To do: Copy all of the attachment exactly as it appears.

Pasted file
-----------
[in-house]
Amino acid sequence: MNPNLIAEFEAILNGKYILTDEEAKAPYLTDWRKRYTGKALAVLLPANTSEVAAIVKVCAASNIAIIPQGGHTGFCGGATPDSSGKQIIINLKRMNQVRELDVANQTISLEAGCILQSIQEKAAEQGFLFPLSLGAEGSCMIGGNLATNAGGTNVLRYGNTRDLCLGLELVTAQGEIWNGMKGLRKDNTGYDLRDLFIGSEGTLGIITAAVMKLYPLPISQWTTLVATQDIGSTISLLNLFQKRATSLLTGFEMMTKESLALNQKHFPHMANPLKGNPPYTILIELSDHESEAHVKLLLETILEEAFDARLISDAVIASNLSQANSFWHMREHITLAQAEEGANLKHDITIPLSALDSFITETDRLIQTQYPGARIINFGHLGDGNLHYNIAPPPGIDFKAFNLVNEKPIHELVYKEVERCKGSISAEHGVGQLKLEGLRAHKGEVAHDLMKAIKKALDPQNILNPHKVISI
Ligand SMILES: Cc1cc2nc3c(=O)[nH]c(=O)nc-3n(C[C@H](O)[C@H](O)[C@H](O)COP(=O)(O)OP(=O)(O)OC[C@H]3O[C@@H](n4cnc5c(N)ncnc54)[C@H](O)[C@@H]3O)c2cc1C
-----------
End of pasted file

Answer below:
[in-house]
Amino acid sequence: MNPNLIAEFEAILNGKYILTDEEAKAPYLTDWRKRYTGKALAVLLPANTSEVAAIVKVCAASNIAIIPQGGHTGFCGGATPDSSGKQIIINLKRMNQVRELDVANQTISLEAGCILQSIQEKAAEQGFLFPLSLGAEGSCMIGGNLATNAGGTNVLRYGNTRDLCLGLELVTAQGEIWNGMKGLRKDNTGYDLRDLFIGSEGTLGIITAAVMKLYPLPISQWTTLVATQDIGSTISLLNLFQKRATSLLTGFEMMTKESLALNQKHFPHMANPLKGNPPYTILIELSDHESEAHVKLLLETILEEAFDARLISDAVIASNLSQANSFWHMREHITLAQAEEGANLKHDITIPLSALDSFITETDRLIQTQYPGARIINFGHLGDGNLHYNIAPPPGIDFKAFNLVNEKPIHELVYKEVERCKGSISAEHGVGQLKLEGLRAHKGEVAHDLMKAIKKALDPQNILNPHKVISI
Ligand SMILES: Cc1cc2nc3c(=O)[nH]c(=O)nc-3n(C[C@H](O)[C@H](O)[C@H](O)COP(=O)(O)OP(=O)(O)OC[C@H]3O[C@@H](n4cnc5c(N)ncnc54)[C@H](O)[C@@H]3O)c2cc1C